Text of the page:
Negotiated cash fed cattle trade remained undeveloped through Tuesday afternoon, but the recent surge in Cattle futures and wholesale beef values bolstered hope for higher prices.
Cattle futures extended gains on Tuesday, supported by the previous session’s optimism and the brighter outlook for cash prices.
Live Cattle futures closed an average of 50¢ higher (10¢ to $1.17 higher) except for 55¢ lower in the back contract.
Feeder Cattle futures closed an average of 50¢ higher except for 2¢ lower in May.
Choice boxed beef cutout value was $2.70 higher Tuesday afternoon at $244.30/cwt. Select was $2.23 higher at $219.71.
Corn futures closed narrowly mixed, mostly from 1¢ lower to 1¢ higher.
Soybean futures closed mostly fractionally higher to 1¢ higher.
Major U.S. financial indices closed higher again Tuesday with follow-through support from the previous session, tied to positive news about COVID-19 vaccines and the outlook toward a bounce in economic recovery in 2021.
The Dow Jones Industrial Average closed 454 points higher. The S&P 500 closed 57 points higher. The NASDAQ was up 156 points.
U.S. beef exports for 2021 are projected to be $7.1 billion, according to the latest quarterly Outlook for U.S. Agricultural Trade, from USDA’s Economic Research Service (ERS). The projection is $200 million more than the previous report in August, based on increased volume offsetting a decline in unit values.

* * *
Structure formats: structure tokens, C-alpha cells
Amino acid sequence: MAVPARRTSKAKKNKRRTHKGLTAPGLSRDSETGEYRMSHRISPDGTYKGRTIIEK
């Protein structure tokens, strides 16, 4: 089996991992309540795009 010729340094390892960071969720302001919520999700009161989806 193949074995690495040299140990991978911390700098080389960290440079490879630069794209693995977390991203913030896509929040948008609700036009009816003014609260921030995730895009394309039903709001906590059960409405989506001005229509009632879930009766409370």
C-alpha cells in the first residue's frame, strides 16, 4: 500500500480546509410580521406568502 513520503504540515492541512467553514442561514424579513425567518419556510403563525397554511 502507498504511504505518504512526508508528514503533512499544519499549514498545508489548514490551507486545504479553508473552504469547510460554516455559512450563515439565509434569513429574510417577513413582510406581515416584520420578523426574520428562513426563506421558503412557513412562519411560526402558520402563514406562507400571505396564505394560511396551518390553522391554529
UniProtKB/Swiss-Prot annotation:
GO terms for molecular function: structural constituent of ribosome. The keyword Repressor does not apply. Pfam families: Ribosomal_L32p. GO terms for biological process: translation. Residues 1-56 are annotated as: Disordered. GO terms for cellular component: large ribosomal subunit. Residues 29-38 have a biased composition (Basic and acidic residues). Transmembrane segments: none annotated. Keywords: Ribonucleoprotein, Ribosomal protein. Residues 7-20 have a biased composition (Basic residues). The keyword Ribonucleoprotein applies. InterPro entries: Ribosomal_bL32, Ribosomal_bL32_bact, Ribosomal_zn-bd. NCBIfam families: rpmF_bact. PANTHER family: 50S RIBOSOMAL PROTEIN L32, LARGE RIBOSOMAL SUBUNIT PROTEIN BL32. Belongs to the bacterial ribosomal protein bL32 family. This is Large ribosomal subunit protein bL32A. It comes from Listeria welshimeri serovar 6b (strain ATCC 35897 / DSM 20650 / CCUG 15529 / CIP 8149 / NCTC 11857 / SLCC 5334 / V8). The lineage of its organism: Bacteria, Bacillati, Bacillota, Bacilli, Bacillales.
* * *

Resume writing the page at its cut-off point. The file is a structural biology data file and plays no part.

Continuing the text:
Overall, ERS projects U.S. agricultural exports in Fiscal Year (FY) 2021 at $152.0 billion, up $11.5 billion from the August forecast, fueled by increased soybean and corn export values.
“The projection for soybean exports is up $5.9 billion to a record $26.3 billion due to higher unit values, strong demand from China, and record volumes,” according to the report. “Corn exports are forecast up $4.2 billion to $13.2 billion as a result of reduced competition, higher unit values and record volumes…Wheat exports are projected at $6.2 billion, up $200 million, on higher unit values and slightly larger volumes.”
The forecast suggests China will become the largest market for U.S. agricultural products next year for the first time since 2017. Exports to that nation are projected at a record high $27.0 billion.
All of that is shrouded by the global economic contraction and ongoing uncertainty borne by the pandemic.
“Expectations of real gross domestic product (GDP) numbers have improved from the initial lockdown contractions, but recovery forecasts are still marked by uncertainty and prone to future setbacks,” say ERS analysts. “Overall, global real GDP growth is expected to fall by about 4.4% in 2020. This is slightly less severe than was previously feared back in June. Global trade volume, which declined 9.2% in FY 2020, is expected to increase 7.2% in FY 2021. The expected economic recovery in 2021 will be shaped by both regional and overall global success in containing the COVID-19 pandemic, in addition to boosting consumer spending.”